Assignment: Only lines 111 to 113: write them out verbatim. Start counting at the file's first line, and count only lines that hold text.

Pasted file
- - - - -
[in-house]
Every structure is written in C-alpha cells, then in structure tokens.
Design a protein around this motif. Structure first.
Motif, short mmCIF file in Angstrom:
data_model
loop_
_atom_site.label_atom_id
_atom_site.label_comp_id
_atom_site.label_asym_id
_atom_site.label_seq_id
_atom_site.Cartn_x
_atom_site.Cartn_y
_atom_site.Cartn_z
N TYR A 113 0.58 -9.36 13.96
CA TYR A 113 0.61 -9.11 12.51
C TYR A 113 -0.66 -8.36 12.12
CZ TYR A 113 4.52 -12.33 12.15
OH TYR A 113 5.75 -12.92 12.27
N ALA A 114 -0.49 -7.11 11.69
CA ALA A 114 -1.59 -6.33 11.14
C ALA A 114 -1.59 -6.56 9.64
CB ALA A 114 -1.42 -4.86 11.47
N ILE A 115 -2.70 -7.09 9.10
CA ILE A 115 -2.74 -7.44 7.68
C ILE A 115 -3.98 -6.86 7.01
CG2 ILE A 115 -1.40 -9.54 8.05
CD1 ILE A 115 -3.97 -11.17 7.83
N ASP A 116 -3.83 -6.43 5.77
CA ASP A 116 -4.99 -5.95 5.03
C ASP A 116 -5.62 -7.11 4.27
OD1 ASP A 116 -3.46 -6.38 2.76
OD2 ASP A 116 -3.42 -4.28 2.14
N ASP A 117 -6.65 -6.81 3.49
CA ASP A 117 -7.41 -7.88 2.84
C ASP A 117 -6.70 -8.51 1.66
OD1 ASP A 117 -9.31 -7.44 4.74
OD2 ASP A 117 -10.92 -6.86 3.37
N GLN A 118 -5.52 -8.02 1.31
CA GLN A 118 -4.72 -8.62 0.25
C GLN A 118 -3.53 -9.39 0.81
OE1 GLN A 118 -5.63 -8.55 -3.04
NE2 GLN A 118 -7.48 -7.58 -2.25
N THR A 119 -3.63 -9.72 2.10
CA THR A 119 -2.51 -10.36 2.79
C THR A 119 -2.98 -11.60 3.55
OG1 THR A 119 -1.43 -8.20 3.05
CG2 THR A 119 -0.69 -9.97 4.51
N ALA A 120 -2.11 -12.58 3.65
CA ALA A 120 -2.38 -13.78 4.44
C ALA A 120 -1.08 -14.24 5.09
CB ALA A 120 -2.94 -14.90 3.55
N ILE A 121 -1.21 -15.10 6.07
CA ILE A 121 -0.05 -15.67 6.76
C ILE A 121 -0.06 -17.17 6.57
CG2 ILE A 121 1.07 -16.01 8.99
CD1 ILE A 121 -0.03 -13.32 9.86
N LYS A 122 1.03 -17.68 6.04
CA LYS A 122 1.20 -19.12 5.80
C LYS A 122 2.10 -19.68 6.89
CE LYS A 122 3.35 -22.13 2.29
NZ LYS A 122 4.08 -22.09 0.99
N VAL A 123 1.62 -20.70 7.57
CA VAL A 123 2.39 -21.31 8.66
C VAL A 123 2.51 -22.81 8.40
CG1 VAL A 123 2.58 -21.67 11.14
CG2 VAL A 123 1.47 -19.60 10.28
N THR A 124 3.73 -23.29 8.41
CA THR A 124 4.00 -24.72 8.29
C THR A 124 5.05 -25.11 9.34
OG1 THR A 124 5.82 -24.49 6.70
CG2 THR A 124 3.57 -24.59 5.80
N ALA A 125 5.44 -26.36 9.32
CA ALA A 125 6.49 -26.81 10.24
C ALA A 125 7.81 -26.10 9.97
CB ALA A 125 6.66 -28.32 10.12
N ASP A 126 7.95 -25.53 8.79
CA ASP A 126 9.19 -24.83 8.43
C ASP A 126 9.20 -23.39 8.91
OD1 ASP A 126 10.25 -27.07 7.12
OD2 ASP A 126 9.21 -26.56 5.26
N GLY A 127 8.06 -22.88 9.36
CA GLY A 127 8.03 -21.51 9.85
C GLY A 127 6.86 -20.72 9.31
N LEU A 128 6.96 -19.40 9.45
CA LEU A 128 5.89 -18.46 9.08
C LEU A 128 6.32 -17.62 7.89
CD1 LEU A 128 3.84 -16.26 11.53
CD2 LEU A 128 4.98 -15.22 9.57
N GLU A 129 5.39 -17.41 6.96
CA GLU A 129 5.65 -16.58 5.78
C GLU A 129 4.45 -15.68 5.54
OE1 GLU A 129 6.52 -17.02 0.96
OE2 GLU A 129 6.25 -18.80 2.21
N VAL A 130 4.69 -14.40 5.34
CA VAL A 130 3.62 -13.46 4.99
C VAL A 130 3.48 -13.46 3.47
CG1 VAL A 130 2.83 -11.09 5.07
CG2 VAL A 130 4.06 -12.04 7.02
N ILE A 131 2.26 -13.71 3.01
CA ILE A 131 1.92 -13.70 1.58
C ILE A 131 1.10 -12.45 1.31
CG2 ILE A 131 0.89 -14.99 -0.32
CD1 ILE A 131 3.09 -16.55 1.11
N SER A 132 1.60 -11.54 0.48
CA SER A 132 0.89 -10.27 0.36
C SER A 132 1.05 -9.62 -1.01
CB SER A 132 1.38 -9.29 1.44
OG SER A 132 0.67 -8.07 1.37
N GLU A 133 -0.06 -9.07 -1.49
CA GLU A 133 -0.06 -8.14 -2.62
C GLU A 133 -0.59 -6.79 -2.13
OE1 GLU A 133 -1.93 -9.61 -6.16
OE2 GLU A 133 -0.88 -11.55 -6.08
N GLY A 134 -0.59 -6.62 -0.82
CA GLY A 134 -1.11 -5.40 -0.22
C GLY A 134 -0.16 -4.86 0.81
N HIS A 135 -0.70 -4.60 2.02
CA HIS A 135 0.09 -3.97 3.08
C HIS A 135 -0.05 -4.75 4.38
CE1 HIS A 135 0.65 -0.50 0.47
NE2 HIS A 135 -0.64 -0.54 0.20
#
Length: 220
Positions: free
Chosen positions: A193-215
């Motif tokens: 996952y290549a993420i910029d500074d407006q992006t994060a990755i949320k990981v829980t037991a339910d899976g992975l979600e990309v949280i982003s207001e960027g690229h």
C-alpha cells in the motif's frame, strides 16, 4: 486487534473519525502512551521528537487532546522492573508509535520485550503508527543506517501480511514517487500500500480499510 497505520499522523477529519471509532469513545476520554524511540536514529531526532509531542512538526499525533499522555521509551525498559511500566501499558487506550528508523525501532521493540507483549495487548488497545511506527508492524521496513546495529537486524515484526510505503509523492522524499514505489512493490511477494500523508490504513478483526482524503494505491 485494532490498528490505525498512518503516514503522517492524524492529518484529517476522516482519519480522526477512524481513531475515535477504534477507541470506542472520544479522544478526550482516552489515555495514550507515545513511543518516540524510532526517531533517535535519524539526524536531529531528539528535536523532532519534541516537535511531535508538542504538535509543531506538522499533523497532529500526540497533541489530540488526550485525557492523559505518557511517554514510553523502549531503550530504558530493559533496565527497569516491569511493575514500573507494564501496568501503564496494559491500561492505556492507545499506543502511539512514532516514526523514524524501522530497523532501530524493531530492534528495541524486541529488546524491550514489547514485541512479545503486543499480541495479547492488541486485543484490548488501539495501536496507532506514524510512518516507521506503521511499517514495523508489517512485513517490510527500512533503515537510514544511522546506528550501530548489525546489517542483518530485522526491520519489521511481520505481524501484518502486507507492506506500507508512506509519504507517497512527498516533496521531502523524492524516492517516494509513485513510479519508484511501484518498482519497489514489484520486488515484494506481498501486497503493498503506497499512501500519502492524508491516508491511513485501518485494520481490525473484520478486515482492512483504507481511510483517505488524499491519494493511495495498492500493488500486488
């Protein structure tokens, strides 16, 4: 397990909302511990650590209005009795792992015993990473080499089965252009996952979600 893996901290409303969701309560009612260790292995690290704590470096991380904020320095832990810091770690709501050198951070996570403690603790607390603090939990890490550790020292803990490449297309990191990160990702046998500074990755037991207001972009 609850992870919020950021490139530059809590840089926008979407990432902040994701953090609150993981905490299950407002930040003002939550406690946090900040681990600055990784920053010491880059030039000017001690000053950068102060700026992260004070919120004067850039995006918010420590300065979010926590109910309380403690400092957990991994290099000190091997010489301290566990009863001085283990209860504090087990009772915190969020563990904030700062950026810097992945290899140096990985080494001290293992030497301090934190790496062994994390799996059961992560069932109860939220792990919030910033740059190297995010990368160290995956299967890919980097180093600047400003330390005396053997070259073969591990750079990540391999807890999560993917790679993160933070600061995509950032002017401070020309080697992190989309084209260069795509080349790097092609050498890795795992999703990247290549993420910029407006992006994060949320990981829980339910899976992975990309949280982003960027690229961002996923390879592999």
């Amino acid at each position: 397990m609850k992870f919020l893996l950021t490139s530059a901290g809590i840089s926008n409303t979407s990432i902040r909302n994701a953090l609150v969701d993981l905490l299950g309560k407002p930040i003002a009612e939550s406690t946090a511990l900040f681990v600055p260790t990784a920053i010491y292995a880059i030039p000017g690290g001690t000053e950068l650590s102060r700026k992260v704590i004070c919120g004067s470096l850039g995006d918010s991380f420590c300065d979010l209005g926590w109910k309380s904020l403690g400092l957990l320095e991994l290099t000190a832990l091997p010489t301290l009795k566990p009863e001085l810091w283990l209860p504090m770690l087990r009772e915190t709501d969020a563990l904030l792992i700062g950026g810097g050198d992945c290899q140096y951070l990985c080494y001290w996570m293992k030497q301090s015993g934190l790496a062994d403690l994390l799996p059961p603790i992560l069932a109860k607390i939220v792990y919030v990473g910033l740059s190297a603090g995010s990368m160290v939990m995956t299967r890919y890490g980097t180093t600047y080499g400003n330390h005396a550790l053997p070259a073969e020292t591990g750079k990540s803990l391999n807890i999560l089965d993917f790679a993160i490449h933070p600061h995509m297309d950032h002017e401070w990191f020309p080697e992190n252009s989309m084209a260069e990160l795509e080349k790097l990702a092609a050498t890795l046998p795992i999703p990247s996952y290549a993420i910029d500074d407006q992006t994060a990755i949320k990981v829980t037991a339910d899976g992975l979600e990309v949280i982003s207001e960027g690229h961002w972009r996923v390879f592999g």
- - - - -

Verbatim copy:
C GLU A 133 -0.59 -6.79 -2.13
OE1 GLU A 133 -1.93 -9.61 -6.16
OE2 GLU A 133 -0.88 -11.55 -6.08